(Reuters) – Sharp rises in oil company shares drove Britain’s FTSE 100 higher on Monday, after an attack on a Saudi oil facility by Yemeni separatists pushed crude prices higher, while Asia-exposed banks gained following moves by China to keep business interest rates low.
By 0710 GMT, the FTSE 100 <.FTSE> had jumped nearly 1%, its biggest one-day rise in more than 10 days, while the midcap index <.FTMC> was 0.6% higher.
Shell <RDSa.L> and BP <BP.L> both rose 1.5%, tracking a surge in crude prices following a drone attack by Yemen’s Houthi group on an oilfield in eastern Saudi Arabia on Saturday, which caused a fire at a gas plant and added to Middle East tensions.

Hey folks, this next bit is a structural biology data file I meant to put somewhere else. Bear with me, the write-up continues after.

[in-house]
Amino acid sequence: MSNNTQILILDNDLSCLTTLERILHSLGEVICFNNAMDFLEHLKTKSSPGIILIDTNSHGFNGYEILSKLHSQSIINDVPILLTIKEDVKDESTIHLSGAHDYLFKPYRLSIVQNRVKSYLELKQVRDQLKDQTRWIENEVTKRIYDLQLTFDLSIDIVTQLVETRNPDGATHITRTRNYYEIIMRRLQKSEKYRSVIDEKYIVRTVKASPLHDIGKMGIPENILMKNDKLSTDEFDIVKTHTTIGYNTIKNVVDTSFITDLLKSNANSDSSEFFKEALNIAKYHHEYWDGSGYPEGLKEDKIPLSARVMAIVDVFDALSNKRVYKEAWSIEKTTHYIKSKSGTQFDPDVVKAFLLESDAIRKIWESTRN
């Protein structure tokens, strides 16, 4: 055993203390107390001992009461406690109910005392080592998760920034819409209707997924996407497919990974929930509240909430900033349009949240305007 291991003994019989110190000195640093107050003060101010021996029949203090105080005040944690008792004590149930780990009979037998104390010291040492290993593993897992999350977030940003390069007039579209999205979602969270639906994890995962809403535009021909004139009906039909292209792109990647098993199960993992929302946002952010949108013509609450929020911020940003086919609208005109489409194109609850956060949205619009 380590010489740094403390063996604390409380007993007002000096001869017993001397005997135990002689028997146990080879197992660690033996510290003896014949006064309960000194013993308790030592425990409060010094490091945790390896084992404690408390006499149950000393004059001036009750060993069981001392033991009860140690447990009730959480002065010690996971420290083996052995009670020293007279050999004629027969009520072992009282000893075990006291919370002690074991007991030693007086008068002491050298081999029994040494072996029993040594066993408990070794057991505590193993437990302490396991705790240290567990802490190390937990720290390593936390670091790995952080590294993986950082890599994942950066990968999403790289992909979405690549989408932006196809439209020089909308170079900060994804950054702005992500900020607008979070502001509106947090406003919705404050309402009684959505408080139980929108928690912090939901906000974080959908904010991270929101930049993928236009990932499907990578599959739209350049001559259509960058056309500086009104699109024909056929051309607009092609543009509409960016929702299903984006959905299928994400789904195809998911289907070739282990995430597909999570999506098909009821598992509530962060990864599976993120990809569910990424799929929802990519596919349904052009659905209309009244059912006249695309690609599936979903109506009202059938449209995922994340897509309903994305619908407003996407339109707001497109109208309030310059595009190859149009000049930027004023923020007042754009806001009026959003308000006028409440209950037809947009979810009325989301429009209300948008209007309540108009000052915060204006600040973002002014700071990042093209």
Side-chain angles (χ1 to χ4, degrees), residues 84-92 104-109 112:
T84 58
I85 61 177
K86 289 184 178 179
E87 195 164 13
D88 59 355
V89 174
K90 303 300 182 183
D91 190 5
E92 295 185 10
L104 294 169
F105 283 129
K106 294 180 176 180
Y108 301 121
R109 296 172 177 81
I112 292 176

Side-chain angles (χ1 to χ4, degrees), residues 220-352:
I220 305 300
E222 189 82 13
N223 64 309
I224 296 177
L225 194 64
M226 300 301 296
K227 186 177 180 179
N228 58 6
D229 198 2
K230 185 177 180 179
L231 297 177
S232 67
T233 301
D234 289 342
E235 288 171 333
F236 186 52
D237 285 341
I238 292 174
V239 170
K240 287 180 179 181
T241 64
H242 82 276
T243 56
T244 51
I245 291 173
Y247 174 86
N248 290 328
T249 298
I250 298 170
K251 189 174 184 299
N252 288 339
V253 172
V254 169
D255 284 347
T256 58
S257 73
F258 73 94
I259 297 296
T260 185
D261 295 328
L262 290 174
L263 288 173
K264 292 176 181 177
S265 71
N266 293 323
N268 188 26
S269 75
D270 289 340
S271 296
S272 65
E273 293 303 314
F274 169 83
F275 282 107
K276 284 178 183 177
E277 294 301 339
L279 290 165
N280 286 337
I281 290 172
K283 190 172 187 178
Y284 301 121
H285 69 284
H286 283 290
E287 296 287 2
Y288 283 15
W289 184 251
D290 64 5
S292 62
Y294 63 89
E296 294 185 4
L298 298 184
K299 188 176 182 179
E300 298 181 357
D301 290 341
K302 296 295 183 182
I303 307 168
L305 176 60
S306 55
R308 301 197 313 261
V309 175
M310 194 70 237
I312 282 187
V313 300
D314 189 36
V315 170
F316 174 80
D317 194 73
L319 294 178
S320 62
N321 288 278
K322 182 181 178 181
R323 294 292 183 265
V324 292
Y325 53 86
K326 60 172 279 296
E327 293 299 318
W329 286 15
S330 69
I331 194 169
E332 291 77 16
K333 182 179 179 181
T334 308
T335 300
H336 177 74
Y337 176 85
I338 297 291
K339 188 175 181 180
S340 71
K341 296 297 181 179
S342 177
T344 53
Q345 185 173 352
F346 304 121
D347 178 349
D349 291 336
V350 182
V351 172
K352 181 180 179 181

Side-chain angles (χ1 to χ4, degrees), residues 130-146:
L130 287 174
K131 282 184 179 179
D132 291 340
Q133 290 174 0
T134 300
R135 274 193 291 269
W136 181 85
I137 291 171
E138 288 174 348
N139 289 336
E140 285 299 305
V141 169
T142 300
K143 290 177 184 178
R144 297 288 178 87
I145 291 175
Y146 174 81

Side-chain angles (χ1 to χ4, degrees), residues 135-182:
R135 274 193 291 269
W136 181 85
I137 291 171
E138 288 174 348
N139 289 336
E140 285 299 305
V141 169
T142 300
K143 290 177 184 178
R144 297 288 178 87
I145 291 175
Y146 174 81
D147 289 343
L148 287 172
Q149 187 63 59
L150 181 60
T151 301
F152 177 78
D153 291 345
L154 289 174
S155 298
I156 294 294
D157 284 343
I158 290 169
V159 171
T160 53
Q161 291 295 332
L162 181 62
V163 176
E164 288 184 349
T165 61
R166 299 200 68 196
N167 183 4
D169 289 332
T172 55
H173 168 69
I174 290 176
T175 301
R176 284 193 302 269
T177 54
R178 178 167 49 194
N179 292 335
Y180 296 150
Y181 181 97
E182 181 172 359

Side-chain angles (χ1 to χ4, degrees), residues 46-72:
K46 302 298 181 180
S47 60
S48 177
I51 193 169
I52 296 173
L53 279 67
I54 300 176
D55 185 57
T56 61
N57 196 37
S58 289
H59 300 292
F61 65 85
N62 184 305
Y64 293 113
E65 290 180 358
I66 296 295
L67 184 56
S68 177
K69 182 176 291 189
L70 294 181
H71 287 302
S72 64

Miners and Asia-exposed financial heavyweights, led by HSBC <HSBA.L> with a near 2% rise, also offered support after China’s central bank announced a set of reforms to help lower borrowing costs for companies and support an economy that has been bruised by the trade war with the United States.
(Reporting by Muvija M and Shashwat Awasthi in Bengaluru; editing by Patrick Graham)